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Geoff Nunberg says that, like a lot of the Britishisms peppering American speech these days, "spot on" falls somewhere in the blurry region between affectation and flash. Zdenek Ryzner/ hide caption

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President Obama and Republican presidential candidate Mitt Romney finish their debate at the University of Denver on Oct. 3. Saul Loeb/AFP/Getty Images hide caption

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In 1961, the publication of Merriam-Webster's Third International Dictionary sparked an uproar with its inclusion of the word "ain't." Flickr User Greeblie hide caption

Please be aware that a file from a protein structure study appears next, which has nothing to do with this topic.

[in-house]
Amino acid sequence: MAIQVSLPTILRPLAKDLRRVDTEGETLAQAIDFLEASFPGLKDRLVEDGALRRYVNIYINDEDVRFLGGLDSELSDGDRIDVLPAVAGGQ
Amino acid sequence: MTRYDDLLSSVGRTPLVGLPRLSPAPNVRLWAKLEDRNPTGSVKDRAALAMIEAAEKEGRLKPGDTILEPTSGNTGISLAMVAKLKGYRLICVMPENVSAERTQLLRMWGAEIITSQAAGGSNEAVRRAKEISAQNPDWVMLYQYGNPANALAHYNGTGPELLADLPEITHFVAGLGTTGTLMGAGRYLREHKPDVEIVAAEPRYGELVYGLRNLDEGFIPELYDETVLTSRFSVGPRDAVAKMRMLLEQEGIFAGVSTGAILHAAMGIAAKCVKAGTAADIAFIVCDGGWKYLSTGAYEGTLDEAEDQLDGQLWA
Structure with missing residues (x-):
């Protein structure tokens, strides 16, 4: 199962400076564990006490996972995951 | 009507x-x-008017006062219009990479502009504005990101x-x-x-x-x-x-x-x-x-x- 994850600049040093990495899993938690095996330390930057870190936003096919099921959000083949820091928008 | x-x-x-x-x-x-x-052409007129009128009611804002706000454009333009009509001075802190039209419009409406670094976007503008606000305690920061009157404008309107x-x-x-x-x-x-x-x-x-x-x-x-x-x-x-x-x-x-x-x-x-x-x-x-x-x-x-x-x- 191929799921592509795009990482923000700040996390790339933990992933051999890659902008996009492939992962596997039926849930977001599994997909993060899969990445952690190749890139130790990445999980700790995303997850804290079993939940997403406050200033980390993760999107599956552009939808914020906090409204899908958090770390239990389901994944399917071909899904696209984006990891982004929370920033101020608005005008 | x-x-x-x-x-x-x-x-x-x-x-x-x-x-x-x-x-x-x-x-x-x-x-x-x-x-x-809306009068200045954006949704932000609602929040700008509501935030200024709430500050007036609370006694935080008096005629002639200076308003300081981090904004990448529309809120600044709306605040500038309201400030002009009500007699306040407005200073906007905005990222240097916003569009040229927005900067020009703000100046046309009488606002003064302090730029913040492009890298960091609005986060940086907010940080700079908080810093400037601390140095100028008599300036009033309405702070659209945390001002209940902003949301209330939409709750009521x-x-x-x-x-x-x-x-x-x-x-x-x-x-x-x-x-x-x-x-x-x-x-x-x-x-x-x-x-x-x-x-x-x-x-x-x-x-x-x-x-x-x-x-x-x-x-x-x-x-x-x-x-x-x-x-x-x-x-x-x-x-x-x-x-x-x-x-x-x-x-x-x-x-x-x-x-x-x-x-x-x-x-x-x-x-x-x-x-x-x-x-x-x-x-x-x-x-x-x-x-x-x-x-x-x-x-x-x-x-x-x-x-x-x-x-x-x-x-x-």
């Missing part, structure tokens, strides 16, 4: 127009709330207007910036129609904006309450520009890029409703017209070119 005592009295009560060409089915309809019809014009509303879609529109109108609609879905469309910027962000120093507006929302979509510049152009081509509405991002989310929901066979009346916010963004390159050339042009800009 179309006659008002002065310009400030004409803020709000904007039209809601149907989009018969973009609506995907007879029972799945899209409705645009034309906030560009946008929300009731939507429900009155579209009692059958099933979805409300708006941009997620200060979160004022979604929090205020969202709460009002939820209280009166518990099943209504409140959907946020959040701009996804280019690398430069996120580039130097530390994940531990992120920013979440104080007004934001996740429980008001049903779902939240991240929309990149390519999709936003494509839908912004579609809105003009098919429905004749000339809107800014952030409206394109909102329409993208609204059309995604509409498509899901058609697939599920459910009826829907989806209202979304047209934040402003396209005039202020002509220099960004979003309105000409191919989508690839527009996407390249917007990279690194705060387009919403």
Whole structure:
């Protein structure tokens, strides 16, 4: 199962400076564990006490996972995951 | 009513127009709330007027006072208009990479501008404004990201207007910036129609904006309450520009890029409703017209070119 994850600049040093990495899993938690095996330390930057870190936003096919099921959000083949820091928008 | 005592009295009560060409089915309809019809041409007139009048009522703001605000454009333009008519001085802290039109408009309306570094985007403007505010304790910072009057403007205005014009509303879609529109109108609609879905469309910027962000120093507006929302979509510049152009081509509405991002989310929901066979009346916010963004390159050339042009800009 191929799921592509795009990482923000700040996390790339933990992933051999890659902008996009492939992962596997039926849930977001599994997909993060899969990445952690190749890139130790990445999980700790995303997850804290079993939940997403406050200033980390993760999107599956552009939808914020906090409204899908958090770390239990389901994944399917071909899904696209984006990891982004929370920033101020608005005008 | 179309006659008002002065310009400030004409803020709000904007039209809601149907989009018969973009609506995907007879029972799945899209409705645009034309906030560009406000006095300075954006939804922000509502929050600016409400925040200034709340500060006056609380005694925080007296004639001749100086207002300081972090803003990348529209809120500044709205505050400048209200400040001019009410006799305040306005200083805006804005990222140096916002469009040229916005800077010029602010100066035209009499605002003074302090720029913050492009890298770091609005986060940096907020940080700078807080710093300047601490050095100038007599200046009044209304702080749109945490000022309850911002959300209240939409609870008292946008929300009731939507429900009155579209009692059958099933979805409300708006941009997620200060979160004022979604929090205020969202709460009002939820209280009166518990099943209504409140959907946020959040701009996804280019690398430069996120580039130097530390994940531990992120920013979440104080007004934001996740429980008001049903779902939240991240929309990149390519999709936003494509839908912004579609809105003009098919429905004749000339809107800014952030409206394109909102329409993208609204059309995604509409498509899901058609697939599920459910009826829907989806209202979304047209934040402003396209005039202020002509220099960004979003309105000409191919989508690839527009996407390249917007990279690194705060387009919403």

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Rep. Paul Ryan has made changes to social safety net programs like Medicare and Social Security — often called "entitlements" — a key part of his political agenda. Win McNamee/Getty Images hide caption

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The word "hopefully" has been used in thousands of NPR stories. Stephanie d'Otreppe/NPR hide caption

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Geoff Nunberg says the magic of metonymy helped propel the word "occupy" into the global consciousness. Douglas Araujo de Moura /Occuprint hide caption

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A message honoring Steve Jobs is scrawled on a blacked-out window at an Apple store in Seattle.

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In the Communist Manifesto, Karl Marx (above) and Friedrich Engels used the German word Klassenkampfen, which translates as "class struggles." Their critics rendered it as "class warfare."

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